Basha Boutique is the name of the organization in Bangladesh where all of our beautiful products are made.
Yes, *all* of our products, every item of kantha we sell. This was... ill-advised by our banker. But, a personal working relationship, excellent partnership, and the literal best quality products have kept us together for nearly 9 years! dignify is yoked to Basha, and we have zero regrets.
If you've been around dignify for a while, you've heard plenty about Basha and likely have a good familiarity with how they (and we) operate. But, if not, here is a bit more context!
Basha is a business (a "social enterprise"), HQ'd in Dhaka, Bangladesh, with ties to the United States, as the founder is an American (but has lived in BD for 15+ years).
Basha produces goods and sells them to dignify (among others) at a wholesale rate. Retailers like dignify then prepare, market, and sell the artisans' products to customers like you!
Basha arose because there was an excellent training program at CUP which transitioned women from living on the street, or working in formal or floating sex work, into a caring, safe work environment with practical, artisanal skills... However, there was no ongoing opportunity for employment. Women needed the dignity and the sustainability of a job, not just "program" participation.
Robin had been living in Dhaka and working with CUP for many years, and saw this need. She launched what is now known as Basha Boutique, in the upper floor of the CUP building, to meet this gap. We are so thankful that she did!
This week, Basha celebrated a decade of this good work — the business of life-change, fresh starts, dignity, and (of course) blankets. Read these reflections, shared by Basha in their own words.
"Happy birthday to us! Ten years ago for the first time, 13 women made the journey upstairs to the three rooms where Basha started. The distance wasn’t far, but leaving the training programme where their lives had changed so much and stepping into an unknown job was frightening. There were tears.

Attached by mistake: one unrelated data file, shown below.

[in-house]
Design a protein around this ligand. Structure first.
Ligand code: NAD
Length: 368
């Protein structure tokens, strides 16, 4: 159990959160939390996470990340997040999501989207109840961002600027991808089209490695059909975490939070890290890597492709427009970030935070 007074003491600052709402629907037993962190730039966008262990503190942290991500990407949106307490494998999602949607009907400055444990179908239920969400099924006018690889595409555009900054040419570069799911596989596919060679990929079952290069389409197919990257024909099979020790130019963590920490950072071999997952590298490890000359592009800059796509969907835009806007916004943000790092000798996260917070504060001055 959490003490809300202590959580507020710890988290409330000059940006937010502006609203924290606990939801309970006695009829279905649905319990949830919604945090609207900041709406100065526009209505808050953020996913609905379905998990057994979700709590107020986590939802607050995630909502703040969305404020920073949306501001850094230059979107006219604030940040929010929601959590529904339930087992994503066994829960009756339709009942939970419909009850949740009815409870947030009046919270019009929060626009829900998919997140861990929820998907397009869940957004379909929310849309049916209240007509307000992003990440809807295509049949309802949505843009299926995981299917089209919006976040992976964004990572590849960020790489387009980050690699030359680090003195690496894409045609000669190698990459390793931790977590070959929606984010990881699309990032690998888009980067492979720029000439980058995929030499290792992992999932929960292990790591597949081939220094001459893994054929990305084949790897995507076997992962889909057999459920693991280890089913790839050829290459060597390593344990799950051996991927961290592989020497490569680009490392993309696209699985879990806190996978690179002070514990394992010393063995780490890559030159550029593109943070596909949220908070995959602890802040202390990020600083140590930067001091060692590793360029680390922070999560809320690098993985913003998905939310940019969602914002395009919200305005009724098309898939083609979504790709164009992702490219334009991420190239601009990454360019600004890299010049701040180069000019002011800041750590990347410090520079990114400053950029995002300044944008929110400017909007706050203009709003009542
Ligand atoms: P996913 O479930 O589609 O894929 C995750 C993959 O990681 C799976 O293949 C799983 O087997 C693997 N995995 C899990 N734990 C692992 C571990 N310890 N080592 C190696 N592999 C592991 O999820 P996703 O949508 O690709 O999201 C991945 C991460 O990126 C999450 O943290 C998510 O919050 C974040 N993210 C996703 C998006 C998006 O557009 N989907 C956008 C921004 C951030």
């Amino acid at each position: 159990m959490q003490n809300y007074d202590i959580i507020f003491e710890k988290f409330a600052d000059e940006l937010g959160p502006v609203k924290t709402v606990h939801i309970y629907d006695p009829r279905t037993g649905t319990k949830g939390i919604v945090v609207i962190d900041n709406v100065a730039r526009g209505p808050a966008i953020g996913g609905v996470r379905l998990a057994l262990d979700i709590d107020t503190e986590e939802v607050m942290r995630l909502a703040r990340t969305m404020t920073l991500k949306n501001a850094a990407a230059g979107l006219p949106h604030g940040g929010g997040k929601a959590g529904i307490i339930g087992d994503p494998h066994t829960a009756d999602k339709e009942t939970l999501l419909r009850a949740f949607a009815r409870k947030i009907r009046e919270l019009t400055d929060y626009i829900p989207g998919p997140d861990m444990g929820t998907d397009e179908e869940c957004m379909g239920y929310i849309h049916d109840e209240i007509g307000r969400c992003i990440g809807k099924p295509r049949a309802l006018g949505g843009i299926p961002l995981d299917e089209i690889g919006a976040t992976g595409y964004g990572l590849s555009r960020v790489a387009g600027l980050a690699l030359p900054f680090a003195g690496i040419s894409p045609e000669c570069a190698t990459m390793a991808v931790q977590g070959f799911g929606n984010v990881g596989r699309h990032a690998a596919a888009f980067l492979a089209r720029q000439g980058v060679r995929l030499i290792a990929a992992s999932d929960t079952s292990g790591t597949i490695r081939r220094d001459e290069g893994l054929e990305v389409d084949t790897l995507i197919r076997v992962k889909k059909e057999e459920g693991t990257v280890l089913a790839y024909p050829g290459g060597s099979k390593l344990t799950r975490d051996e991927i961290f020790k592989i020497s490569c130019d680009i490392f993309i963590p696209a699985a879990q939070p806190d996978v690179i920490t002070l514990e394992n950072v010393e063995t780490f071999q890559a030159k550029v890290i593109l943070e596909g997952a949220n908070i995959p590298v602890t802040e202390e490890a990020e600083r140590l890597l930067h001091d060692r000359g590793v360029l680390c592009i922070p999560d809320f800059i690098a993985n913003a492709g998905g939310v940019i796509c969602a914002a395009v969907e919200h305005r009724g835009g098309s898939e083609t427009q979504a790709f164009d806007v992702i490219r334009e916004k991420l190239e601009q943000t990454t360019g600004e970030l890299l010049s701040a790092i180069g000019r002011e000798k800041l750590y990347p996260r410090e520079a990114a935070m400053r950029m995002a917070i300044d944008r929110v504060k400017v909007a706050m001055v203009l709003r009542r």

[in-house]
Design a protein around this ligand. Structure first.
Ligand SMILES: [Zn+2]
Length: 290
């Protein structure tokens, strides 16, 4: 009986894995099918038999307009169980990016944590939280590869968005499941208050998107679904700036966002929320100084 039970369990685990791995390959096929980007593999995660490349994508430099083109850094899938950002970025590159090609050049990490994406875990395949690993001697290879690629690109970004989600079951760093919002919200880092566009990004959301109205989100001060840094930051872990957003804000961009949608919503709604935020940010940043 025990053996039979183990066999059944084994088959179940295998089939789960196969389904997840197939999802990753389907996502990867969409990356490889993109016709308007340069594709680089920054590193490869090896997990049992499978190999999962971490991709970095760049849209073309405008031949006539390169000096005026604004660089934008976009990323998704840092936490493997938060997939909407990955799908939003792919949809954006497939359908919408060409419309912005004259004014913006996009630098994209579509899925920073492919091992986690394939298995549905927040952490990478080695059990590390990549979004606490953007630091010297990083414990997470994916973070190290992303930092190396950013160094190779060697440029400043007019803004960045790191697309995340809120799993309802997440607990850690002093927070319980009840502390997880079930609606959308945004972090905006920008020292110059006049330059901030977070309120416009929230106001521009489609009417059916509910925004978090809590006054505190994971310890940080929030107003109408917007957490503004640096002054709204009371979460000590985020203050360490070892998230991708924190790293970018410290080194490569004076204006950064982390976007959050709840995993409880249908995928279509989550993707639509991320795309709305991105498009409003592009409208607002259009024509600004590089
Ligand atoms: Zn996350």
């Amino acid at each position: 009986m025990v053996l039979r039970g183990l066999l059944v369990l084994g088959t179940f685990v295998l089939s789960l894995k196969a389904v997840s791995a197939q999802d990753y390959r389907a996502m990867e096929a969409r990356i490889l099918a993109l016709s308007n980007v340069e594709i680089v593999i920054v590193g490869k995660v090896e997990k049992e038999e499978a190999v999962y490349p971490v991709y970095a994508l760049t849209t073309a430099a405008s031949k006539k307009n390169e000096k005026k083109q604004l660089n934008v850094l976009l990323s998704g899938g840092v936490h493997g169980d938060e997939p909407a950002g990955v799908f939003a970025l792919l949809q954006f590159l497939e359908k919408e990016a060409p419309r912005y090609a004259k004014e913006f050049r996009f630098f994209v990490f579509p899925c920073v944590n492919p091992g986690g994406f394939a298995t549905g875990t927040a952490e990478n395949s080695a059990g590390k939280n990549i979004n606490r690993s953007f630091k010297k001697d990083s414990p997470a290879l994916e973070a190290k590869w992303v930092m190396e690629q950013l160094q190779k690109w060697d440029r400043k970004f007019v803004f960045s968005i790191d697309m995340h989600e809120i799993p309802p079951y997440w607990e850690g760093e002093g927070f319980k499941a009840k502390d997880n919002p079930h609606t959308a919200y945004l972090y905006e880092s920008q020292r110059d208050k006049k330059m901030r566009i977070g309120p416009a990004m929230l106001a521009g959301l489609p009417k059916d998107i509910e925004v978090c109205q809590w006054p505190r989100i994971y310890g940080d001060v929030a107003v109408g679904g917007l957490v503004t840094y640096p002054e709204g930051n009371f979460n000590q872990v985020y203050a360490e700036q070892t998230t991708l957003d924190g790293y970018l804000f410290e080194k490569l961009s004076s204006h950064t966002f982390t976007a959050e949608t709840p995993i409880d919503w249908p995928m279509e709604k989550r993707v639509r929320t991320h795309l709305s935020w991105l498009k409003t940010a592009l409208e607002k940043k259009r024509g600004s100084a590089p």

The women’s lives had changed, but they were not easy to employ. We saw how many layers of need they had, and gradually added new ways to support them on their journey. We started providing education every day so women could practice their reading and writing, learn to budget and eat well, maneuver this world better, and express feelings through art, music and dance.
We expanded our daycare activities, adding education and daily meals, usually serving more children than we have women working for us. We started new production centres and currently have five in areas with particularly high trafficking.
Through our non profit initiative, Friends of Basha, we also started training and rehabilitation programs allowing us to expand to additional communities known for trafficking and prostitution. We took over the children's home from one of our partners. We opened a women's home for those who need a safe place to live while they get on their feet.
It’s been an amazing journey.
We are learning how to improve every day… both how to improve our products and how to improve the way we work so that the women and children can truly heal and flourish. Thanks for the ways you have journeyed with us in so many ways including buying Basha products, donating to our programmes, or by volunteering."
Robin herself has further shared, "If I'd known how all-consuming Basha would be, I might have run the other way!"
She goes on, sharing in a scrapbook of volunteers over the years,
If I'd known how all-consuming Basha would be, I perhaps would have run the other way ten years ago. But it cannot be disputed how powerful it is when vulnerable women and children have dignified work, safe space, education, and opportunities for their children.
Basha has always felt like stepping into something so much bigger than me. From volunteers to our leadership team to to advisors and donors, to each and everyone who works at Basha now and worked there in the past, God has pulled it all together into something beautiful.
I can't give enough thanks to those who appear in these pages and those who don't as well. Soli Deo Gloria.
Powerful, indeed. We celebrate the beauty & success of Basha's story, of which you are a part, even by reading these words! Cheers!
The threat of technology to our humanness is no new fear (hello, Blade Runner! …actually: goodbye, you are a super boring movie 😆). But, there seems to be an acute crisis of our current cultural moment, as we relate to technology.
Here is just a fraction of writings from the past month addressing this:
With so much pain, brokenness, ugliness in the world, attention to beauty, joy, & wonder is absolutely necessary!
Beauty may not solve problems itself... A stunning photograph will not end famine or war. Banksy's graffiti art does not solve Middle eastern contested-land conflicts.
But, the restoration, hope, and inspiration that come from creativity and beauty are like gas in the tank — fuel for the drivers & changers of the world.
We don’t receive a lot of returned items, but it does happen. Of course! There is some degree of risk in shopping online, always.
Stores take different approaches to return policies, sometimes with great sophistication in how it will impact your willingness to purchase. Here's a little peek at what I've learned over the years (as a customer and also as a retailer) about return policies.